Senator Tom Harkin (D-IA) outlined the principles for a new type of retirement plan in a report released today. This sort of plan is sorely needed given the current state of retirement savings.
The latest figures from the Federal Reserve’s Survey of Consumer Finances show that the typical American near retirement age has accumulated enough money in her 401(k) account to receive monthly payments of just $575. This is a particularly damning figure given that this group of near-retirees is dependent on 401(k)s, while previous cohorts commonly also had a pension.
Harkin’s new USA Retirement Funds — based in part on a forthcoming Center for American Progress proposal, as well as the work of the Pension Rights Center — combines some of the best elements of defined-contribution plans and defined-benefit plans to deliver a portable, cost-effective, and stable level of benefits for retirees at a constant cost to employers.
Though the proposal is unlikely to become law anytime soon, it is still a big step towards solving the pending retirement crisis, because it offers the kind of solution that can appeal both to workers and employers.
Just a week after it was ordered to pay $165 million in refunds and penalties for wrongful credit card practices, Capital One reached a settlement with the Department of Justice over charges that it financially abused active military members. Under the terms of the settlement, the bank will pay $12 million to American military members who were denied their legal right to reprieve from foreclosures, high interest rates, and auto reposession while on active duty.
The Justice Department estimated that 4,000 troops were affected by Capital One’s violation of the Servicemembers Civil Relief Act, which grants certain financial protections to military members. Capital One will pay $55,000 in fines to DOJ while also providing settlement money to troops and restoring lost and damaged credit, the Washington Post reports:
Justice officials have asked Capital One to pay $7 million in damages to military personnel — including $125,000 for foreclosure, $10,000 for repossession, $500 for failed interest rate reduction and a refund of all the interest charged above 6 percent.
The bank will provide another $5 million to service members who did not receive the full benefits allotted under the act. The settlement also requires Capital One to repair the credit of those affected by its actions, which occurred from July 2006 to November 2011.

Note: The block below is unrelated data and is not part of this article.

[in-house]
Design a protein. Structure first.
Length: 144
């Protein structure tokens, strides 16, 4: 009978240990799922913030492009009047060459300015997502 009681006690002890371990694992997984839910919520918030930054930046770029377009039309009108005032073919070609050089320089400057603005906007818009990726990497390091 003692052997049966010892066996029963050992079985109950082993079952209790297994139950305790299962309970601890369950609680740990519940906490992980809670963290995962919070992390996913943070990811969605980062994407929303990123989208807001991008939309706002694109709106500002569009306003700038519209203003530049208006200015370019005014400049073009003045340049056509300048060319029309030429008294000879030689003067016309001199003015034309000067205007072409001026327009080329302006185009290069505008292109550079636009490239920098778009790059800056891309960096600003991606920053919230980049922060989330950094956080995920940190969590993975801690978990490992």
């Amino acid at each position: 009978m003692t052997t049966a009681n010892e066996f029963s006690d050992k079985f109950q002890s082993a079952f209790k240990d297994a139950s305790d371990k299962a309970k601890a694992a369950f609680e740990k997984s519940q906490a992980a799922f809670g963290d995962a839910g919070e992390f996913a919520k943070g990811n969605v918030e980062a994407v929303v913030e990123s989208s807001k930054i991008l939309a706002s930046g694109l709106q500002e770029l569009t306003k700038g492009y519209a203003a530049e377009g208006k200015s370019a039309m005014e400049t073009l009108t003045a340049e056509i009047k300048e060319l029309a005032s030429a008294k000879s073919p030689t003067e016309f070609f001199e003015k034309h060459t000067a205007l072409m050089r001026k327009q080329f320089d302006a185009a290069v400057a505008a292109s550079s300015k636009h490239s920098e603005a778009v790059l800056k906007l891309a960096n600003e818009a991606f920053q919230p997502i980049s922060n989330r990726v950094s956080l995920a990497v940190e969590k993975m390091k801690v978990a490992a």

But Capital One was hardly the only bank to take advantage of members of the military before and after the housing crisis. Ten lenders were accused last year of illegally foreclosing on thousands of military members, and multiple banks, including JP Morgan Chase, Wells Fargo, and Citigroup, have settled claims with the government over their abuses of servicemembers.
Welcome to ThinkProgress Economy’s morning link roundup. This is what we’re reading. Have you seen any interesting news? Let us know in the comments section. You can also follow ThinkProgress Economy on Twitter.
Facebook’s shares fell to a new low after the company lost $157 million in its first full quarter as a public company. [Time]
The Treasury Department released new details of a plan to crack down on global tax dodging yesterday. [Wall Street Journal]
The Justice Department is preparing to file charges this fall against traders involved in the LIBOR rate rigging scandal. [Bloomberg]
The House plans to vote on competing Republican and Democratic tax cut proposals next week. [Bloomberg]
Economists at Citigroup believe there’s a 90 percent chance that Greece will exit the Euro. [CNN Money]
House and Senate leaders are reportedly working on a six month funding measure that will prevent a government shutdown before November’s election. [The Hill]
House Democrats plan to introduce legislation to raise the estate tax back to its 2009 level. [The Hill]
Disability advocates have filed a lawsuit against Walmart, claiming that the retail giant’s stores are inaccessible. [Associated Press]
A House Republican plan to slash funding for a Social Security program would cost taxpayers far more than it would save, according to a letter from Social Security’s chief actuary. The Republican plan, which is focused on a program meant to ensure that beneficiaries are not overpaid, would cut more than $800 million below the level agreed to in the Budget Control Act, the spending agreement passed during last year’s debt limit negotiations.
In a Thursday letter responding to inquiring House Democrats, Social Security’s chief actuary Stephen C. Goss concludes that cuts will cost taxpayers “between $5 billion and $6 billion more over the lifetime of those who would not be reassessed due to the reduced funding.”
The cut would hamper the highly-effective program that roots out waste, fraud, and abuse in Social Security — according to Goss, such reviews produce between $6 and $9 in regained savings per dollar spent. While the analysis only covered the impact on the program this year, future cuts would likely have a similar impact on the program.